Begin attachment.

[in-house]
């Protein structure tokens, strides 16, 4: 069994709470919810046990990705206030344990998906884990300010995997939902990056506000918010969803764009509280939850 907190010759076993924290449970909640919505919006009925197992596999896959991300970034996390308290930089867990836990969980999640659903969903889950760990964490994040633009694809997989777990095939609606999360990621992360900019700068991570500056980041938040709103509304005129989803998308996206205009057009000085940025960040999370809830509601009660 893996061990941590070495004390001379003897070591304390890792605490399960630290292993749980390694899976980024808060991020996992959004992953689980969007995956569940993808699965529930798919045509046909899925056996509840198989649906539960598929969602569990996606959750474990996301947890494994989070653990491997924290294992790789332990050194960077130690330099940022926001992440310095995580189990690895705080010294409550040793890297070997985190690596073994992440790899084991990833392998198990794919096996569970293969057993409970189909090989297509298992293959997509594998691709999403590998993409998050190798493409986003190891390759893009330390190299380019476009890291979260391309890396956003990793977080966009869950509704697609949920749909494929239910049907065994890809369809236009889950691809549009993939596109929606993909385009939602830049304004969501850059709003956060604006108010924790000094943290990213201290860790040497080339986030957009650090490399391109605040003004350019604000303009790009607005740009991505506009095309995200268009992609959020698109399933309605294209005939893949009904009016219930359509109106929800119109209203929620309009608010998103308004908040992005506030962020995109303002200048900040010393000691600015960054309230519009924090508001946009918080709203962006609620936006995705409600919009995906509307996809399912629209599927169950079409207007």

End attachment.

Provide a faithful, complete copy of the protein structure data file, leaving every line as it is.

[in-house]
């Protein structure tokens, strides 16, 4: 069994709470919810046990990705206030344990998906884990300010995997939902990056506000918010969803764009509280939850 907190010759076993924290449970909640919505919006009925197992596999896959991300970034996390308290930089867990836990969980999640659903969903889950760990964490994040633009694809997989777990095939609606999360990621992360900019700068991570500056980041938040709103509304005129989803998308996206205009057009000085940025960040999370809830509601009660 893996061990941590070495004390001379003897070591304390890792605490399960630290292993749980390694899976980024808060991020996992959004992953689980969007995956569940993808699965529930798919045509046909899925056996509840198989649906539960598929969602569990996606959750474990996301947890494994989070653990491997924290294992790789332990050194960077130690330099940022926001992440310095995580189990690895705080010294409550040793890297070997985190690596073994992440790899084991990833392998198990794919096996569970293969057993409970189909090989297509298992293959997509594998691709999403590998993409998050190798493409986003190891390759893009330390190299380019476009890291979260391309890396956003990793977080966009869950509704697609949920749909494929239910049907065994890809369809236009889950691809549009993939596109929606993909385009939602830049304004969501850059709003956060604006108010924790000094943290990213201290860790040497080339986030957009650090490399391109605040003004350019604000303009790009607005740009991505506009095309995200268009992609959020698109399933309605294209005939893949009904009016219930359509109106929800119109209203929620309009608010998103308004908040992005506030962020995109303002200048900040010393000691600015960054309230519009924090508001946009918080709203962006609620936006995705409600919009995906509307996809399912629209599927169950079409207007």